Eine Frau geht an einer Weltkarte, die aus Kinderporträts besteht, am Freitag (18.06.2010) im JuniorMuseum in Köln vorbei.

3.7.2012 | Von:
Noemi Carrel

Current Developments and Future Challenges

Switzerland’s direct democratic system offers Swiss citizens unique opportunities for political participation. As history has shown, these are also of particular importance for the development of Swiss migration policy. At the same time two referenda have recently caused considerable sensation.

On 29 November 2009, Swiss voters approved the initiative ‘Against the Construction of Minarets’, although the parliament and the Federal Council (Bundesrat) recommended the rejection of the initiative, since it stands in contradiction to the federal constitution and violates contractually guaranteed human rights.[1]

An additional sensation was caused by the initiative ‘for the deportation of criminal foreigners’. This provides for automatically withdrawing the right of abode for female and male foreigners in cases where they have committed certain criminal offenses or where an abuse in obtaining social benefits has been ascertained. Again the parliament and the Bundesrat recommended that the initiative be rejected and presented Swiss voters with an alternative draft. The latter incorporated the basic idea behind the initiative but was intended, unlike the initiative itself, not to conflict with the basic principles of the constitution and international law. In the referendum of 28 November 2010, Swiss voters nonetheless approved the ‘Deportation Initiative’ and rejected the alternative draft of the bill. The decision concerning how the initiative should be implemented in detail is pending.[2]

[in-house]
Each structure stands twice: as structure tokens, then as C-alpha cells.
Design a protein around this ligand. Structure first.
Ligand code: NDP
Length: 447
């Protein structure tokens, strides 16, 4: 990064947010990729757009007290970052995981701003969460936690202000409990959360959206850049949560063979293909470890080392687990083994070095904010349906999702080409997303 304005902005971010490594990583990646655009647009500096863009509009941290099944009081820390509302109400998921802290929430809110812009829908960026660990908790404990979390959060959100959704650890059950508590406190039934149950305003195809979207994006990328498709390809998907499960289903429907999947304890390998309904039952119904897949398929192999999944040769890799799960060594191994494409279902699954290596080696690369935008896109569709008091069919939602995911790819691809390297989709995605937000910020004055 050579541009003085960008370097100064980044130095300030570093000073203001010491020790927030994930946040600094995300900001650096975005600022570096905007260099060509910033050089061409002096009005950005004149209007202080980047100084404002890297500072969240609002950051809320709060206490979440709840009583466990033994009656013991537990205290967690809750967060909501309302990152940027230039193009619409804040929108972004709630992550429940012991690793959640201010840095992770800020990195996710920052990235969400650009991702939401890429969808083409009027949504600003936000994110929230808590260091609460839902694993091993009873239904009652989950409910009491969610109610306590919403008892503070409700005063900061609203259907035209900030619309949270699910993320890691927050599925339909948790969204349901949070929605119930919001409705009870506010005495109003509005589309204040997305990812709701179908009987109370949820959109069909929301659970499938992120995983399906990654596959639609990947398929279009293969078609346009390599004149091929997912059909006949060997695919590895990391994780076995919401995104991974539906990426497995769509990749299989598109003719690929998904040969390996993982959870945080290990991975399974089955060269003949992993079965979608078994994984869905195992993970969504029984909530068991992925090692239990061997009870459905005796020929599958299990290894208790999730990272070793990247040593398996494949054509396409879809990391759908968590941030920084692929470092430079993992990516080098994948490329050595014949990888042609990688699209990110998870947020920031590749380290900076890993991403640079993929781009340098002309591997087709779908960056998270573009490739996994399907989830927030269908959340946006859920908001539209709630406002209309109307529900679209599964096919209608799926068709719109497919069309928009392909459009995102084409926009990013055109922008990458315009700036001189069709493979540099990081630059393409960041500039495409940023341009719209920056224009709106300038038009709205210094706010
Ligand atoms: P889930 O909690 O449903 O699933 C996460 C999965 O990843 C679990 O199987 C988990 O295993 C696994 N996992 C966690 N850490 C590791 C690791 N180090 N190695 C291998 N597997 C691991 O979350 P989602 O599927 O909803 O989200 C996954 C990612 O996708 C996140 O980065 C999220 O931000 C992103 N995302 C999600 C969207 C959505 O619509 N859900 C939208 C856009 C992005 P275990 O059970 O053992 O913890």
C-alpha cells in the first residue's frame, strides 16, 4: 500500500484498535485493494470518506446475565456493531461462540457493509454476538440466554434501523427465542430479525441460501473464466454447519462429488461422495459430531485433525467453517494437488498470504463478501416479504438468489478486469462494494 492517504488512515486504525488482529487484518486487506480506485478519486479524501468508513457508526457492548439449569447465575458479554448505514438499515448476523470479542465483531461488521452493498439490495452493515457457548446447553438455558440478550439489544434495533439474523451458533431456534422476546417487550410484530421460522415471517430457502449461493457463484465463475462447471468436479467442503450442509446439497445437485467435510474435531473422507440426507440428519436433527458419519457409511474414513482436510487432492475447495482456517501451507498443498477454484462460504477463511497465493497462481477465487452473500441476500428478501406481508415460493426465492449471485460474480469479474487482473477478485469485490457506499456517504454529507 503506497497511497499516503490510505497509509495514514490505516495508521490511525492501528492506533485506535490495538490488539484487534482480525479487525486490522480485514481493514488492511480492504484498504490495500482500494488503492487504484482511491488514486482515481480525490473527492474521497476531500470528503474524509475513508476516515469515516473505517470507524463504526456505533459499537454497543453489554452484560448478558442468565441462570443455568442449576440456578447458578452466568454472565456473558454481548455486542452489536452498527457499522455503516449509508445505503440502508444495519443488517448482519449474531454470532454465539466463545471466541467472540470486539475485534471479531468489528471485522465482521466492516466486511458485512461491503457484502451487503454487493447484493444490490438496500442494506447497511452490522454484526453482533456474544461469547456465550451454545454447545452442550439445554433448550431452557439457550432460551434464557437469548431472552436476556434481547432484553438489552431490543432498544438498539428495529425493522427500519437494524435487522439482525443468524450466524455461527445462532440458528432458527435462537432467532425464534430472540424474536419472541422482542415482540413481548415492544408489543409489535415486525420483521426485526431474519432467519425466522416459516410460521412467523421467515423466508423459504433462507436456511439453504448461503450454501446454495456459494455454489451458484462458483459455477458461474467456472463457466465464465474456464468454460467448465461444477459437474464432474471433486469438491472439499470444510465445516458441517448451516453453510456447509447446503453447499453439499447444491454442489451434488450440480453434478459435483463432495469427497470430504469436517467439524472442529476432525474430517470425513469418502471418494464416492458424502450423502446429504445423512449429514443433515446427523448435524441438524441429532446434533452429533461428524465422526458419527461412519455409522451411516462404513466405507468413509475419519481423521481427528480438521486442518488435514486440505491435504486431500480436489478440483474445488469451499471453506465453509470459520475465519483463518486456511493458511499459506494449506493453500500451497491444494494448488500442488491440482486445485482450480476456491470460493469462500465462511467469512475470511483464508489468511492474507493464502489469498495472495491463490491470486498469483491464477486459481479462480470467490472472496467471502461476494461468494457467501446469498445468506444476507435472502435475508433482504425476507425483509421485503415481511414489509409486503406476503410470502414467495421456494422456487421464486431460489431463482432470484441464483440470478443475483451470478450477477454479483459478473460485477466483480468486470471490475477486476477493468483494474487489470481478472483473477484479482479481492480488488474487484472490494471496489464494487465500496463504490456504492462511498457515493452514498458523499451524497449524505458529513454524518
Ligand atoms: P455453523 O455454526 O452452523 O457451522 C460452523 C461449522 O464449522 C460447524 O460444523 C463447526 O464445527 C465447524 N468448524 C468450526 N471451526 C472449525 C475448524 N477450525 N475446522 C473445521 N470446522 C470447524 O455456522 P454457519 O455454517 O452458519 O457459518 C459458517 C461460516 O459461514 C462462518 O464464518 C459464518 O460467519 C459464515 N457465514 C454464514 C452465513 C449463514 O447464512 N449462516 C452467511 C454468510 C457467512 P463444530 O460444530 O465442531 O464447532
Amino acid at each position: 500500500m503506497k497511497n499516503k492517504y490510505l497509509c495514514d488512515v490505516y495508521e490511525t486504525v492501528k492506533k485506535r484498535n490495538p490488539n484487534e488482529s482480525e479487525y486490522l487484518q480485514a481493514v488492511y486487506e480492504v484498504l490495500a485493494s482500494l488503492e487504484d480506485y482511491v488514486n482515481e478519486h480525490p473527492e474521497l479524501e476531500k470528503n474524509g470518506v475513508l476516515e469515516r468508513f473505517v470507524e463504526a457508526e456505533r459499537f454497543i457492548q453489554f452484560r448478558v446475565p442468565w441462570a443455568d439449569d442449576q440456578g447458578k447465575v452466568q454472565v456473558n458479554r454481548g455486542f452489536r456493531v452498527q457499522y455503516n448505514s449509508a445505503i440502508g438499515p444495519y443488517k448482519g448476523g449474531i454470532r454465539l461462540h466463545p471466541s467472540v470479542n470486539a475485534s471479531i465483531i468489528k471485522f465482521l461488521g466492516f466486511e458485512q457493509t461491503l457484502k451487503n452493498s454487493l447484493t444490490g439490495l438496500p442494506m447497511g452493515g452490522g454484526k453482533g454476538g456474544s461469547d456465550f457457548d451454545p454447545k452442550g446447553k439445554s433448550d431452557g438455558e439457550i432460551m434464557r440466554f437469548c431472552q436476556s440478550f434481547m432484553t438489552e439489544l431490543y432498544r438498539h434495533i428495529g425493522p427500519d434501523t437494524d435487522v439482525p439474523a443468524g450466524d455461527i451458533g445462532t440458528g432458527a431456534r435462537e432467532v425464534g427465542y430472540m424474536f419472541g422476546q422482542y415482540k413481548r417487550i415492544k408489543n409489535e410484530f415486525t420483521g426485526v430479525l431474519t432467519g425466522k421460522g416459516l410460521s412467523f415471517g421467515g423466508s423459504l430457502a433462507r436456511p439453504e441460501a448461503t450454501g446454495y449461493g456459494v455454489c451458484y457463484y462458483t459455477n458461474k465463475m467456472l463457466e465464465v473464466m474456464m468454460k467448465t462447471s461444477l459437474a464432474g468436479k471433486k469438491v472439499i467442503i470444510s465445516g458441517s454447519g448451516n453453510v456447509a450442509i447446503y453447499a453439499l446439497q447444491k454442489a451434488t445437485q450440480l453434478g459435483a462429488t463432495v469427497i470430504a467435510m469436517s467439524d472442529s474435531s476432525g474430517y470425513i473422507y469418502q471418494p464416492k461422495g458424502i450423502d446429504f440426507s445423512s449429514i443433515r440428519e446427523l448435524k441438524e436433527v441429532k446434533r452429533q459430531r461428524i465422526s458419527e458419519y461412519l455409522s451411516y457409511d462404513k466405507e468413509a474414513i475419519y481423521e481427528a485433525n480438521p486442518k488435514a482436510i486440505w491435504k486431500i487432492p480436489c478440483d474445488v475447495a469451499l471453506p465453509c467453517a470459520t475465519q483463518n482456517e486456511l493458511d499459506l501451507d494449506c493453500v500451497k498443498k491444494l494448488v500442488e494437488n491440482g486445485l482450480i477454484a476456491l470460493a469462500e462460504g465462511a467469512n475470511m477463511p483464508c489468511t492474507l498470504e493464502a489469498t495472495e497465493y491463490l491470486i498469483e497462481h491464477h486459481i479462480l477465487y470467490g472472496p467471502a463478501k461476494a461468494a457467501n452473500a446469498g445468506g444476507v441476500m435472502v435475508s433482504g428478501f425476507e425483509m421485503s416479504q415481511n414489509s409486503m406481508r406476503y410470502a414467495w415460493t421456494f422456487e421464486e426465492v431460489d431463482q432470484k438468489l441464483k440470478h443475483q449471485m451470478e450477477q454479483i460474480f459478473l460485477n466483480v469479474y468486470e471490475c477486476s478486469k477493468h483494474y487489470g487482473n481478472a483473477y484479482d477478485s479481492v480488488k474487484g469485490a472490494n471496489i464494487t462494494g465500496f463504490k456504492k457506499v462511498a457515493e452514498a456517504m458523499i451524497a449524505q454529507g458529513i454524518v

The exercise of direct democratic rights has in the referenda cited above led to a conflict between democracy and the rule of law. How this conflict is dealt with in the future can have decisive implications for the development of Swiss migration policy.

Fundamentally, especially the developments related to Switzerland’s relations with the EU are decisive in future Swiss migration policy. Furthermore, different legislative projects are currently underway. Thus, among other things, the revision of the asylum law, the partial revision of the ‘Federal Act on Foreign Nationals’ and the complete revision of the ‘Law on Swiss Citizenship’ (BüG) await. In the case of the asylum law, the aim is in particular to shorten the length of the procedure. The stated aim is basically the weakening of Switzerland’s attractiveness as an asylum destination and the ‘battle’ against the abuse of asylum. In the case of the revisions of the AuG and the BüG, the focus is mainly on adjustments related to the anchoring of the integration principle in legal provisions. Thus, the aim is to make integration according to the principle of ‘promote and demand’ more binding and to make the granting of residence permits as well as naturalization more strongly bound than previously to an individual’s ‘level of integration’.[3]

Fußnoten

1.
Swiss Federal Chancellery, Swiss Federal Office for Migration BFM.
2.
Swiss Federal Chancellery, Swiss Federal Office for Migration BFM.
3.
Swiss Federal Office for Migration BFM, Piguet (2006).

Kurzdossiers

Zuwanderung, Flucht und Asyl: Aktuelle Themen

Ein Kurzdossier legt komplexe Zusammenhänge aus den Bereichen Zuwanderung, Flucht und Asyl sowie Integration auf einfache und klare Art und Weise dar. Es bietet einen fundierten Einstieg in eine bestimmte Thematik, in dem es den Hintergrund näher beleuchtet und verschiedene Standpunkte wissenschaftlich und kritisch abwägt. Darüber hinaus enthält es Hinweise auf weiterführende Literatur und Internet-Verweise. Dies eröffnet die Möglichkeit, sich eingehender mit der Thematik zu befassen. Unsere Kurzdossiers erscheinen bis zu 6-mal jährlich.

Mehr lesen